The CBA defines the calculation of revenues. THe financial statements must still comply with GAAP. I don't see how a revenue sharing distribution is a negative expense. It is certainly not recorded that way on the Coyote financials.

    That mystery continues.
  11. TaketheCannoli

    TaketheCannoli RIP

    Nov 13, 2006
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    gsc, thanks for bringing this up again. IIRC, it was linked to a thread here a few years ago. When this was released, I studied it pretty carefully. I didn't have the time or even the inclination, but I talk hockey with some of the ownership now and again. Usually, the conversations are more about actual hockey operations nuggets rather than actual business operations. The subjects have been more the interviews of head coaching candidates and their impressions of them, the job offer made to Guy Boucher last summer and such. I was extremely interested in the Kevin Dineen portion of the episode.

    I didn't ask about that report because the more I looked into it, the less credible I think it looks. As an example the ticket averages look very familiar- TMR??

    This report was used by the Chamber of Commerce to spearhead a campaign to get the local governments to purchase the Arena. I felt the economic impact study was flawed as well.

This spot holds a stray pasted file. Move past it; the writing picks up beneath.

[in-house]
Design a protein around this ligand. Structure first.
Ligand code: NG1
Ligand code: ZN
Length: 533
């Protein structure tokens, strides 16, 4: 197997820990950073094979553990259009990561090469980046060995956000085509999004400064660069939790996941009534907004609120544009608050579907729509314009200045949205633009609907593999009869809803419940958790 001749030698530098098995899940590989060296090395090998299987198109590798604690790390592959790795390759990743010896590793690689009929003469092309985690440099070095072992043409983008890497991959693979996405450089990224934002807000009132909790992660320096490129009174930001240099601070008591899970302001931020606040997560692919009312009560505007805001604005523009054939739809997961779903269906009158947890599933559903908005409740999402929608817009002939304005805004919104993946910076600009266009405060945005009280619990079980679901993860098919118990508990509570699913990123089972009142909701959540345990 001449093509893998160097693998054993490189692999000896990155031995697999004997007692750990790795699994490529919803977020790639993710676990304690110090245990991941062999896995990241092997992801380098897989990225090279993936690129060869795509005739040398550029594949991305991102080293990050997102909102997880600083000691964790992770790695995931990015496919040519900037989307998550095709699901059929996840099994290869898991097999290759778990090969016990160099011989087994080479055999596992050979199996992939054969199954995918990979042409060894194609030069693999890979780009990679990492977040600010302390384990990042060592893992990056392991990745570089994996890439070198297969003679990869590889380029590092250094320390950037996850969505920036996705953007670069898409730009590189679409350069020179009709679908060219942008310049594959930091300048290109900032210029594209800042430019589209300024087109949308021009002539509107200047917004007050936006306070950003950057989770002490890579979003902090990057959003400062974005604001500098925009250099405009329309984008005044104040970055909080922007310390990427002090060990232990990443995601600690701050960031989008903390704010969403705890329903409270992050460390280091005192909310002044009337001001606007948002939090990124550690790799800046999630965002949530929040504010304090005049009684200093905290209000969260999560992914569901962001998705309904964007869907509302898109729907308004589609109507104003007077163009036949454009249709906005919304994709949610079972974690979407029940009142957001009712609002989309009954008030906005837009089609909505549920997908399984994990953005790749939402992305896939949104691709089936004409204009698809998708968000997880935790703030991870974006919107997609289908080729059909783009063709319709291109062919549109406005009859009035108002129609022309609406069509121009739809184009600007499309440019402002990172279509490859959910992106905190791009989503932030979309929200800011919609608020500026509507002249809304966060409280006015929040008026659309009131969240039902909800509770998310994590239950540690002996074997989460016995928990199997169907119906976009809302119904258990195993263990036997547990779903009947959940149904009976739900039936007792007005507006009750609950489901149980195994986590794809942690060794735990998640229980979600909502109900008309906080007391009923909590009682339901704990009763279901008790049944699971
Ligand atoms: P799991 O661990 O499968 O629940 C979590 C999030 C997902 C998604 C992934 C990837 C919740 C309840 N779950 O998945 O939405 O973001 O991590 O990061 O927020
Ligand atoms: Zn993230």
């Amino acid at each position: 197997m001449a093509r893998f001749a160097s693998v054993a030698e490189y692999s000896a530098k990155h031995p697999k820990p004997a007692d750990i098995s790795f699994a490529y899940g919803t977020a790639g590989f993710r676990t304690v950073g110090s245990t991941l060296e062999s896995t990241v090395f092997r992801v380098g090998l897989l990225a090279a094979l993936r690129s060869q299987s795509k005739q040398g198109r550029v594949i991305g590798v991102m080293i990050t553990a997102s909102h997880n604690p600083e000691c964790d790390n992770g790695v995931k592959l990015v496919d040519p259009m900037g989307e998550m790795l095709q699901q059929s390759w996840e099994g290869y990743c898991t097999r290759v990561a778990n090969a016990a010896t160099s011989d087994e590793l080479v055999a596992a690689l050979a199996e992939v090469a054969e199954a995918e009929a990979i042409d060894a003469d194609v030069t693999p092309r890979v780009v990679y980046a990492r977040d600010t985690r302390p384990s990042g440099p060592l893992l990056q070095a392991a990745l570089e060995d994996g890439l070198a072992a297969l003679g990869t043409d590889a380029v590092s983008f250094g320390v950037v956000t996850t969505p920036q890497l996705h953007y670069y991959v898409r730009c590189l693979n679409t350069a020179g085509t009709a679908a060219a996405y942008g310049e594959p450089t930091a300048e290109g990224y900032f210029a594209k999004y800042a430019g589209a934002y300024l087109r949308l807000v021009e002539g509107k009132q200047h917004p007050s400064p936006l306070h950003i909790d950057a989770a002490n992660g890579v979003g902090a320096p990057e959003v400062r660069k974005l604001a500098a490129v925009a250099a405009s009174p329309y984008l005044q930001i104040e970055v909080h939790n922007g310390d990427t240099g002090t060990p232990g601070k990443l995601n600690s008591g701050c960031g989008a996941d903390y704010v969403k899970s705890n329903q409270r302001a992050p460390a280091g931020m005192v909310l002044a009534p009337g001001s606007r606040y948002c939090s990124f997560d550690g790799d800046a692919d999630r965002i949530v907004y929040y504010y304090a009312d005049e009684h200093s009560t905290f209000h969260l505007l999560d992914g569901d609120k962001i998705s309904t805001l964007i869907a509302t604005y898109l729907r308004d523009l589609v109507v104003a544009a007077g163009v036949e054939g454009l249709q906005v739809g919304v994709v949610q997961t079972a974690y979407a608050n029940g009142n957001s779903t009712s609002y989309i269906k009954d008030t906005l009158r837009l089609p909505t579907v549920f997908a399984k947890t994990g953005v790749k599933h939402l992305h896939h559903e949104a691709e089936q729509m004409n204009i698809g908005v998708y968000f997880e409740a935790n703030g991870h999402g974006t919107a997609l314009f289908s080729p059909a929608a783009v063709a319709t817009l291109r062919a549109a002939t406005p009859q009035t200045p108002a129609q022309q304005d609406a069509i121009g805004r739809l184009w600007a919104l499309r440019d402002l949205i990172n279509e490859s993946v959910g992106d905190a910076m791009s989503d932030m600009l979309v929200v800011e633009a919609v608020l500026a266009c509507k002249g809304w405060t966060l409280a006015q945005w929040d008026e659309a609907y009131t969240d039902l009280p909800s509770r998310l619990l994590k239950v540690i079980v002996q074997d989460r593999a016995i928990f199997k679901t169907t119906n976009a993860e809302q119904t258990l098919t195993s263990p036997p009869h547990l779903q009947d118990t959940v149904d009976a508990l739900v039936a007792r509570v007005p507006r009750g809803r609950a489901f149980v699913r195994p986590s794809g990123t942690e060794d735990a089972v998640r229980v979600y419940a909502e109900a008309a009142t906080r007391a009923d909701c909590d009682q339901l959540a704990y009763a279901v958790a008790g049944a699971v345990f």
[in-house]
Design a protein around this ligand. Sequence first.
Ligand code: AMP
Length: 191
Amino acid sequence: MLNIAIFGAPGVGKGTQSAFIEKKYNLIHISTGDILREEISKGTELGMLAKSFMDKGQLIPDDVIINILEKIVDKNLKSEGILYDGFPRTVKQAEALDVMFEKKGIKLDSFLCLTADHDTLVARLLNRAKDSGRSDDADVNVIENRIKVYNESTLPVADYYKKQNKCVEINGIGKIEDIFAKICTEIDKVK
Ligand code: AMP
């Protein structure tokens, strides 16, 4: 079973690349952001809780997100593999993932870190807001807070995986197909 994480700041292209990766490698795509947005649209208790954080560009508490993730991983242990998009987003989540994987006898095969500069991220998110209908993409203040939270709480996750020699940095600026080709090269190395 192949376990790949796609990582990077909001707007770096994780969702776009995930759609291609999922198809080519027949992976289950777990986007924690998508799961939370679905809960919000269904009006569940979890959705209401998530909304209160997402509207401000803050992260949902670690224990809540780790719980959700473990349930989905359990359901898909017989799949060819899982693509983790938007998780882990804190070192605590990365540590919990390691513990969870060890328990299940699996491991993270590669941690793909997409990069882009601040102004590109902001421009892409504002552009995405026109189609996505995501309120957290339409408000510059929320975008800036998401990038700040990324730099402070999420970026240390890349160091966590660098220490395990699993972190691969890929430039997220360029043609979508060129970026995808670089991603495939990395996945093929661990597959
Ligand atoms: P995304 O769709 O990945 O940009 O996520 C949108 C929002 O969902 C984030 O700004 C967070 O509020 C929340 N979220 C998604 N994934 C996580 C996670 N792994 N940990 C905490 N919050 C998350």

I did have some reasonably interesting discussions about the Arena, the Arena lease and how the original lease was computed. After I understood the transaction from a perspective that is less public, I actually understood the study a bit better. Frankly, it's just a campaign. The Arena lease is fair from a business ROE perspective. It isn't competitive with the subsidies widely enjoyed in other markets. The study quotes Nashville, but it could quote Toronto, Winnipeg, Hamilton, Phoenix, Detroit and many other cities. No public monies were involved in building the arena. No land was sold for $1.00 nor were there any other subsidies. People often ignore contributions as "small" as $40 million by the public, but a contribution of that type can easily reduce rent on a facility such as this one by $1-2 million annually.

    The franchise has some significant challenges, many of which are holdovers from previous management. Just one example: there has been a long term (12 year) media rights agreement in place that was woefully underpriced. The original team president sold the rights for $2 million annually. There are a number of other similar transactions.